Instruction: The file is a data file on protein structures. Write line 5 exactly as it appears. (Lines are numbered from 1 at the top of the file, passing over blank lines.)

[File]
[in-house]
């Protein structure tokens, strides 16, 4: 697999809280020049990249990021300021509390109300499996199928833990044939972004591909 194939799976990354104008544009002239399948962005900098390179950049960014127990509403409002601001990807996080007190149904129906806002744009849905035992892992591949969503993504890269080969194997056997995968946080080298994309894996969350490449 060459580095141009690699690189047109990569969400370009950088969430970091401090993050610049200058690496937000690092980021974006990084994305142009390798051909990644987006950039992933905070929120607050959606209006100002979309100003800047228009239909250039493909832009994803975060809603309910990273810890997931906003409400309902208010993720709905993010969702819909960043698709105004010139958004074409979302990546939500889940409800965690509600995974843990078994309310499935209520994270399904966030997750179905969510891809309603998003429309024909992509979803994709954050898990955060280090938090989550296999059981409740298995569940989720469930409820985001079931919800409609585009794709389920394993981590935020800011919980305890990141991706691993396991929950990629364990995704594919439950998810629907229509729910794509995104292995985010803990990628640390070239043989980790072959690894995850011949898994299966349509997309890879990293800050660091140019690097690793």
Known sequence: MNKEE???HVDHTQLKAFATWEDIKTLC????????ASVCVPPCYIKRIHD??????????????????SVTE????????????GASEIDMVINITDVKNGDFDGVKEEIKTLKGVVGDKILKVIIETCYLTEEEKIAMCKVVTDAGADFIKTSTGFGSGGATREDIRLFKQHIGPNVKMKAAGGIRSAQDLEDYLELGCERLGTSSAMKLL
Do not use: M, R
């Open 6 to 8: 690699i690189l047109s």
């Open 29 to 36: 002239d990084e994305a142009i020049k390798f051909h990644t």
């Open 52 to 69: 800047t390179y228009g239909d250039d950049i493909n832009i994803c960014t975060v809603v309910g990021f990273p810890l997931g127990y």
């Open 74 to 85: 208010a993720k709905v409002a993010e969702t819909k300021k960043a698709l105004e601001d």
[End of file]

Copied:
């Open 6 to 8: 690699i690189l047109s």